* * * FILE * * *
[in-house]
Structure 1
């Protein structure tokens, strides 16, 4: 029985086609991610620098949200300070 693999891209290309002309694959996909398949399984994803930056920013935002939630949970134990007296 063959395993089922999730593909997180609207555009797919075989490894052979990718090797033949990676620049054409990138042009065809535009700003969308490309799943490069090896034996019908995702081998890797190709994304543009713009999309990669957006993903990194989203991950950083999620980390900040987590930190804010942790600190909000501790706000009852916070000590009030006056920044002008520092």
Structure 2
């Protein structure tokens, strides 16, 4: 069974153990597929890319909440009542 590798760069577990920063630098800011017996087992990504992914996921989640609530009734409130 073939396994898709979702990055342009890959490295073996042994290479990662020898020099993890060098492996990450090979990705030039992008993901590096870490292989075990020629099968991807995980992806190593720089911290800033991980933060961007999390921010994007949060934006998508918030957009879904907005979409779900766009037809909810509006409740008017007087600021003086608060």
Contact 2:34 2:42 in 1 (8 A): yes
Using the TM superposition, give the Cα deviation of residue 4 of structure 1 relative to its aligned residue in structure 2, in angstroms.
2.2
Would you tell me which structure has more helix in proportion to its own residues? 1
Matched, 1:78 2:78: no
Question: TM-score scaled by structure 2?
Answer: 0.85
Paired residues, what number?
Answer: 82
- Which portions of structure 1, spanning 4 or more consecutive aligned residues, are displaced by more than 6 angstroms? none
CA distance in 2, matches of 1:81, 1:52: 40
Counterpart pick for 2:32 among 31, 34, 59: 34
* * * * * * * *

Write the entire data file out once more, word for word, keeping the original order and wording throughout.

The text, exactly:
[in-house]
Structure 1
């Protein structure tokens, strides 16, 4: 029985086609991610620098949200300070 693999891209290309002309694959996909398949399984994803930056920013935002939630949970134990007296 063959395993089922999730593909997180609207555009797919075989490894052979990718090797033949990676620049054409990138042009065809535009700003969308490309799943490069090896034996019908995702081998890797190709994304543009713009999309990669957006993903990194989203991950950083999620980390900040987590930190804010942790600190909000501790706000009852916070000590009030006056920044002008520092």
Structure 2
């Protein structure tokens, strides 16, 4: 069974153990597929890319909440009542 590798760069577990920063630098800011017996087992990504992914996921989640609530009734409130 073939396994898709979702990055342009890959490295073996042994290479990662020898020099993890060098492996990450090979990705030039992008993901590096870490292989075990020629099968991807995980992806190593720089911290800033991980933060961007999390921010994007949060934006998508918030957009879904907005979409779900766009037809909810509006409740008017007087600021003086608060």
Contact 2:34 2:42 in 1 (8 A): yes
Using the TM superposition, give the Cα deviation of residue 4 of structure 1 relative to its aligned residue in structure 2, in angstroms.
2.2
Would you tell me which structure has more helix in proportion to its own residues? 1
Matched, 1:78 2:78: no
Question: TM-score scaled by structure 2?
Answer: 0.85
Paired residues, what number?
Answer: 82
- Which portions of structure 1, spanning 4 or more consecutive aligned residues, are displaced by more than 6 angstroms? none
CA distance in 2, matches of 1:81, 1:52: 40
Counterpart pick for 2:32 among 31, 34, 59: 34